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11. Life after Jimmy Martin

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pp. 132-142

I was having such a good time working at the courthouse and at the Gold Record Room, and I knew a lot of people. So when the annual Disc Jockey Convention in Nashville rolled around, I decided to stop by the Andrew Jackson Hotel, where the convention was being held.
I walked into the...

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12. All My Children

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pp. 143-147

Back in Nashville, we moved into an apartment in Madison that bordered I-65. I hated the apartment but knew it would not be long and we would be moving again.
It was wintertime and Chuck decided that he no longer wanted to work as a computer programmer but wanted to go into...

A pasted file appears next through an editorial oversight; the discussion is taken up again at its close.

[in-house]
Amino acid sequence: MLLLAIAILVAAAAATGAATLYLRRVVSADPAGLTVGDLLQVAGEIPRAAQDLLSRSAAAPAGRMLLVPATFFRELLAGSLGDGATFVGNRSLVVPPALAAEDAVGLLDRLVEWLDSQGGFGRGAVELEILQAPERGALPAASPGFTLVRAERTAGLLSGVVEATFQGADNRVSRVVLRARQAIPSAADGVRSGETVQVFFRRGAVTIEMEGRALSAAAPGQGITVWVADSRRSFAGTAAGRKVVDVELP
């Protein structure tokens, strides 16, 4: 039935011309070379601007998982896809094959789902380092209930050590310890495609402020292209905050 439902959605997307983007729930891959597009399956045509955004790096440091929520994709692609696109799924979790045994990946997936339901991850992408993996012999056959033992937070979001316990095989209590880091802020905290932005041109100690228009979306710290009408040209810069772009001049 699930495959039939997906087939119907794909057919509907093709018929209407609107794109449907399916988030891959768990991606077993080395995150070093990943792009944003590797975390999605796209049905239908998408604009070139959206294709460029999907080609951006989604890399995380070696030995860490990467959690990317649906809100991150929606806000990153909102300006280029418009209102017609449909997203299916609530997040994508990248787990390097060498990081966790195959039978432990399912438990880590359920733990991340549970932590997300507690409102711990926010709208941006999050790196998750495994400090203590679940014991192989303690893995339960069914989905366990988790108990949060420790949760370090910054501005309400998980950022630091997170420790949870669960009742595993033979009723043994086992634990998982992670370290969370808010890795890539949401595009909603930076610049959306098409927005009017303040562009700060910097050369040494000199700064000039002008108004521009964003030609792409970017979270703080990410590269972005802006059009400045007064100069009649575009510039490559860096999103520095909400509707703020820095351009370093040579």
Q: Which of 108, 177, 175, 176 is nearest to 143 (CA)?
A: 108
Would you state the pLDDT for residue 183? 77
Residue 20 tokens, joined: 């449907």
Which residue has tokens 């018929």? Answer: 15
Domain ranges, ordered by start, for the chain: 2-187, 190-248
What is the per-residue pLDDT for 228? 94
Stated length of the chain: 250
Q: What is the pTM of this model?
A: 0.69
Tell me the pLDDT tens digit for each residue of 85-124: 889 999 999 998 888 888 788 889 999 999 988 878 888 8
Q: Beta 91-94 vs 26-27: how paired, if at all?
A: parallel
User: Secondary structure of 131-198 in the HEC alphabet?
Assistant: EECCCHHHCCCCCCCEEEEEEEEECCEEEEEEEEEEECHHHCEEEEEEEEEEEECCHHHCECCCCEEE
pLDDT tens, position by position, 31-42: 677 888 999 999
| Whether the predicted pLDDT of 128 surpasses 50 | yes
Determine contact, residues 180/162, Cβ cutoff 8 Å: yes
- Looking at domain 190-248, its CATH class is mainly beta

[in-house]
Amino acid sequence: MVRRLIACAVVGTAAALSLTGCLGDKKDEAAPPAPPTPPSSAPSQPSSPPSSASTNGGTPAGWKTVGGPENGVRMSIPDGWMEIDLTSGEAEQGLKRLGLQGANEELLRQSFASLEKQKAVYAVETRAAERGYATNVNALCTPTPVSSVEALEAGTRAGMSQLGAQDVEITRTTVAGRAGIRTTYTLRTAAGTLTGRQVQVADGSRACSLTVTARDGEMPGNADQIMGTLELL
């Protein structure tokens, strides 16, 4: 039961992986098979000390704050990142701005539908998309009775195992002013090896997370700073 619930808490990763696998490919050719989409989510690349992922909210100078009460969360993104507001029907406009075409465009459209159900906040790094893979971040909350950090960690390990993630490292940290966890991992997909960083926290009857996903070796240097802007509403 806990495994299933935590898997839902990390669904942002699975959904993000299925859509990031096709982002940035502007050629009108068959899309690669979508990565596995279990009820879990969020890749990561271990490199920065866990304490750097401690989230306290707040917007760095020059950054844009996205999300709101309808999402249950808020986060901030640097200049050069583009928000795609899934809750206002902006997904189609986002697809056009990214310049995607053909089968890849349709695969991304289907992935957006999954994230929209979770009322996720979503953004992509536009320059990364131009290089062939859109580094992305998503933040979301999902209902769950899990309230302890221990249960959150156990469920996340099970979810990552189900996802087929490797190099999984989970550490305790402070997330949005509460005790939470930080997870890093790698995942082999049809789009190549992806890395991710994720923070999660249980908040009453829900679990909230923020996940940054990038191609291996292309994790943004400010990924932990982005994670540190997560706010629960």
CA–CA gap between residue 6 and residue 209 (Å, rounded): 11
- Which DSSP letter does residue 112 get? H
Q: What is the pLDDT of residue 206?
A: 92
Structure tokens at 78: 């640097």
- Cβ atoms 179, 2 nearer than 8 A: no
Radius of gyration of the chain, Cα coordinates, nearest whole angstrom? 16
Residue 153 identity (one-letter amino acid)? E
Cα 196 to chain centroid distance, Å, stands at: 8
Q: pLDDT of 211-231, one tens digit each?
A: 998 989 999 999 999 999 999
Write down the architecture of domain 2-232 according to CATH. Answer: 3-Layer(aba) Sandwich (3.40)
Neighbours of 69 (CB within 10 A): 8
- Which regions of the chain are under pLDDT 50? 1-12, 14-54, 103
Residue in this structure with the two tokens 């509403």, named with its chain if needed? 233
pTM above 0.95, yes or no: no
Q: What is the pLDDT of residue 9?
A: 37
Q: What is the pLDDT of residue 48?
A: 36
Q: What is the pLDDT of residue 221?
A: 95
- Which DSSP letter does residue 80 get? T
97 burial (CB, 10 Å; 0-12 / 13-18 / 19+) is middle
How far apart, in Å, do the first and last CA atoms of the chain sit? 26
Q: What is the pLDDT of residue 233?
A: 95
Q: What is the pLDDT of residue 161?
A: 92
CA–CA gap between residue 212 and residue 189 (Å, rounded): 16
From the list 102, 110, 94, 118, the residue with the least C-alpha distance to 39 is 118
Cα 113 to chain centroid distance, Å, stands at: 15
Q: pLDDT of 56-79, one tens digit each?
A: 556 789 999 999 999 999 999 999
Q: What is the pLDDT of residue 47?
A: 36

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13. Life in Florida and the Kids Return

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pp. 148-159

In October 1975 Chuck was hired by Bell Helicopter to go to Tehran, Iran. We were going to take our granddaughter Michelle with us. Our friends Dick and Wilda Gernt were already living there. They were originally from Jamestown, Tennessee, but had lived in Orlando before moving to Tehran...

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14. Letting Go of Jimmy Martin

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pp. 160-171